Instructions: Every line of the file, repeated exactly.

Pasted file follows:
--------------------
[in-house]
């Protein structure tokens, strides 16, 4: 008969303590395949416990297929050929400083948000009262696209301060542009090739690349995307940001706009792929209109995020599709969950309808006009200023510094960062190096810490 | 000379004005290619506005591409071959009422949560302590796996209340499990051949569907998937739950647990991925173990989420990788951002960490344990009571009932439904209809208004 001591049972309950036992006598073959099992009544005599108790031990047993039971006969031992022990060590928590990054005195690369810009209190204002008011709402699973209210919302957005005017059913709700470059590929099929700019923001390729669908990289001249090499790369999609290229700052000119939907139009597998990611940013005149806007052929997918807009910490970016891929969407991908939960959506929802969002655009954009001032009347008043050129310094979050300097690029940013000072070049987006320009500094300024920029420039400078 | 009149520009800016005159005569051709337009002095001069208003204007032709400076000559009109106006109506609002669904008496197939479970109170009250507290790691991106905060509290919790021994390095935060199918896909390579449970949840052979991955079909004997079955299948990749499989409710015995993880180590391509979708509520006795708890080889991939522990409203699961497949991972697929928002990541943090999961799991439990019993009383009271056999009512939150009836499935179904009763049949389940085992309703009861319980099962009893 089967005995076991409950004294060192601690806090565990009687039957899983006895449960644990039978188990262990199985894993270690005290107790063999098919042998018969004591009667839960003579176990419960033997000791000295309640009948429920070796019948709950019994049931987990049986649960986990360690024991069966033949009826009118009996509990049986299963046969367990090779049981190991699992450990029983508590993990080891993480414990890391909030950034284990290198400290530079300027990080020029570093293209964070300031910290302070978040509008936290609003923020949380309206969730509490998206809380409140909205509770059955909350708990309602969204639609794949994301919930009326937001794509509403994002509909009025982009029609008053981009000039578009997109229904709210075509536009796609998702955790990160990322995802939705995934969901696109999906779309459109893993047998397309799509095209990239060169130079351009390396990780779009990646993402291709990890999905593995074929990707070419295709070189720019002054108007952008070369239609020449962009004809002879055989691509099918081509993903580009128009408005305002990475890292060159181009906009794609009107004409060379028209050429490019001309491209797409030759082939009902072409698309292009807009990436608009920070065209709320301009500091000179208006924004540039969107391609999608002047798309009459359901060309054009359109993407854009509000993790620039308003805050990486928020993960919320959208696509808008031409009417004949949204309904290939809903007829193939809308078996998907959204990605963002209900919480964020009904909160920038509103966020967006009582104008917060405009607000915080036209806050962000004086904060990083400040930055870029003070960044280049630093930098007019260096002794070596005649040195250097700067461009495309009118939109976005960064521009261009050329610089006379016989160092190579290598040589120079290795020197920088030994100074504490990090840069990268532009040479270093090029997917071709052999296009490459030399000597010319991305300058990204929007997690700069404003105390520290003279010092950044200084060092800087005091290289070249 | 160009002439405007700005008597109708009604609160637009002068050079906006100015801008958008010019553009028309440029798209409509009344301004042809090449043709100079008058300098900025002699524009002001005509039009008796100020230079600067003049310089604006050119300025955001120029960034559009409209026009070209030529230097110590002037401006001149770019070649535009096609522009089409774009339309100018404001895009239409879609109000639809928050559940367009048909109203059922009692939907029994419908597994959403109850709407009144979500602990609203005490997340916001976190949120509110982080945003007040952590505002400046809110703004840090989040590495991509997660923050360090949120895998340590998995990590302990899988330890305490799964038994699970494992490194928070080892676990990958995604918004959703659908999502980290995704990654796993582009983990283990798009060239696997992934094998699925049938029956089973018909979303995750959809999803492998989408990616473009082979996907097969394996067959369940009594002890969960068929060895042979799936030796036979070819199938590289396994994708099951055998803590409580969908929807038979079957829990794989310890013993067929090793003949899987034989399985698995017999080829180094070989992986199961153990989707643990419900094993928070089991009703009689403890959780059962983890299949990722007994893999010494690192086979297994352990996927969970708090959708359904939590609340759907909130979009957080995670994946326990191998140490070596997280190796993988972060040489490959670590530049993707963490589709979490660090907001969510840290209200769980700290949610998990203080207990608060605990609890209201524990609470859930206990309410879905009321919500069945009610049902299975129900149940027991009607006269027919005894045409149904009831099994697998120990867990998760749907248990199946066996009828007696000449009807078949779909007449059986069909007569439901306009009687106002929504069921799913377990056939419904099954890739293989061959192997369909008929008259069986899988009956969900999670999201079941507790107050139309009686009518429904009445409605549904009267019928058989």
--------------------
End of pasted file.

[in-house]
């Protein structure tokens, strides 16, 4: 008969303590395949416990297929050929400083948000009262696209301060542009090739690349995307940001706009792929209109995020599709969950309808006009200023510094960062190096810490 | 000379004005290619506005591409071959009422949560302590796996209340499990051949569907998937739950647990991925173990989420990788951002960490344990009571009932439904209809208004 001591049972309950036992006598073959099992009544005599108790031990047993039971006969031992022990060590928590990054005195690369810009209190204002008011709402699973209210919302957005005017059913709700470059590929099929700019923001390729669908990289001249090499790369999609290229700052000119939907139009597998990611940013005149806007052929997918807009910490970016891929969407991908939960959506929802969002655009954009001032009347008043050129310094979050300097690029940013000072070049987006320009500094300024920029420039400078 | 009149520009800016005159005569051709337009002095001069208003204007032709400076000559009109106006109506609002669904008496197939479970109170009250507290790691991106905060509290919790021994390095935060199918896909390579449970949840052979991955079909004997079955299948990749499989409710015995993880180590391509979708509520006795708890080889991939522990409203699961497949991972697929928002990541943090999961799991439990019993009383009271056999009512939150009836499935179904009763049949389940085992309703009861319980099962009893 089967005995076991409950004294060192601690806090565990009687039957899983006895449960644990039978188990262990199985894993270690005290107790063999098919042998018969004591009667839960003579176990419960033997000791000295309640009948429920070796019948709950019994049931987990049986649960986990360690024991069966033949009826009118009996509990049986299963046969367990090779049981190991699992450990029983508590993990080891993480414990890391909030950034284990290198400290530079300027990080020029570093293209964070300031910290302070978040509008936290609003923020949380309206969730509490998206809380409140909205509770059955909350708990309602969204639609794949994301919930009326937001794509509403994002509909009025982009029609008053981009000039578009997109229904709210075509536009796609998702955790990160990322995802939705995934969901696109999906779309459109893993047998397309799509095209990239060169130079351009390396990780779009990646993402291709990890999905593995074929990707070419295709070189720019002054108007952008070369239609020449962009004809002879055989691509099918081509993903580009128009408005305002990475890292060159181009906009794609009107004409060379028209050429490019001309491209797409030759082939009902072409698309292009807009990436608009920070065209709320301009500091000179208006924004540039969107391609999608002047798309009459359901060309054009359109993407854009509000993790620039308003805050990486928020993960919320959208696509808008031409009417004949949204309904290939809903007829193939809308078996998907959204990605963002209900919480964020009904909160920038509103966020967006009582104008917060405009607000915080036209806050962000004086904060990083400040930055870029003070960044280049630093930098007019260096002794070596005649040195250097700067461009495309009118939109976005960064521009261009050329610089006379016989160092190579290598040589120079290795020197920088030994100074504490990090840069990268532009040479270093090029997917071709052999296009490459030399000597010319991305300058990204929007997690700069404003105390520290003279010092950044200084060092800087005091290289070249 | 160009002439405007700005008597109708009604609160637009002068050079906006100015801008958008010019553009028309440029798209409509009344301004042809090449043709100079008058300098900025002699524009002001005509039009008796100020230079600067003049310089604006050119300025955001120029960034559009409209026009070209030529230097110590002037401006001149770019070649535009096609522009089409774009339309100018404001895009239409879609109000639809928050559940367009048909109203059922009692939907029994419908597994959403109850709407009144979500602990609203005490997340916001976190949120509110982080945003007040952590505002400046809110703004840090989040590495991509997660923050360090949120895998340590998995990590302990899988330890305490799964038994699970494992490194928070080892676990990958995604918004959703659908999502980290995704990654796993582009983990283990798009060239696997992934094998699925049938029956089973018909979303995750959809999803492998989408990616473009082979996907097969394996067959369940009594002890969960068929060895042979799936030796036979070819199938590289396994994708099951055998803590409580969908929807038979079957829990794989310890013993067929090793003949899987034989399985698995017999080829180094070989992986199961153990989707643990419900094993928070089991009703009689403890959780059962983890299949990722007994893999010494690192086979297994352990996927969970708090959708359904939590609340759907909130979009957080995670994946326990191998140490070596997280190796993988972060040489490959670590530049993707963490589709979490660090907001969510840290209200769980700290949610998990203080207990608060605990609890209201524990609470859930206990309410879905009321919500069945009610049902299975129900149940027991009607006269027919005894045409149904009831099994697998120990867990998760749907248990199946066996009828007696000449009807078949779909007449059986069909007569439901306009009687106002929504069921799913377990056939419904099954890739293989061959192997369909008929008259069986899988009956969900999670999201079941507790107050139309009686009518429904009445409605549904009267019928058989």